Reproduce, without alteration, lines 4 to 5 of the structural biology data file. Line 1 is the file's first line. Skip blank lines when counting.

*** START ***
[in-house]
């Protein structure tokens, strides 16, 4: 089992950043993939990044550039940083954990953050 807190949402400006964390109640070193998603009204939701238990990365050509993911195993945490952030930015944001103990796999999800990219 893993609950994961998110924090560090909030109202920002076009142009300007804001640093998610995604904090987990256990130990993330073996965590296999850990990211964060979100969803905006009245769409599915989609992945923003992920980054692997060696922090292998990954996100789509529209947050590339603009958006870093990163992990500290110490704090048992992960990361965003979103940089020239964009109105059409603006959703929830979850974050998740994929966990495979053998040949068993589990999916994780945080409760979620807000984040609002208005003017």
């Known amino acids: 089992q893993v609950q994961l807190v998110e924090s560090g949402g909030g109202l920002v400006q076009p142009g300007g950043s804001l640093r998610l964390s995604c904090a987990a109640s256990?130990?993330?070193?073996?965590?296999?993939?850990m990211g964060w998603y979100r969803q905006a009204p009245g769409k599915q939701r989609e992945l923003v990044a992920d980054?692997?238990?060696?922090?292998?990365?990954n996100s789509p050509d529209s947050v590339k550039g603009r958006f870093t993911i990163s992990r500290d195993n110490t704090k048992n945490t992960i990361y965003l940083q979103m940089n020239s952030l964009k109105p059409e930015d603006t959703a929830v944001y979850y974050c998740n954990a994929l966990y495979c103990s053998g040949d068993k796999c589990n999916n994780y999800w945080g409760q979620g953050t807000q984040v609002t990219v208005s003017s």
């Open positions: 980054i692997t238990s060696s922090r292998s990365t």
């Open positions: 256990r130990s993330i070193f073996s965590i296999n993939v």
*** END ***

């Open positions: 980054i692997t238990s060696s922090r292998s990365t």
């Open positions: 256990r130990s993330i070193f073996s965590i296999n993939v």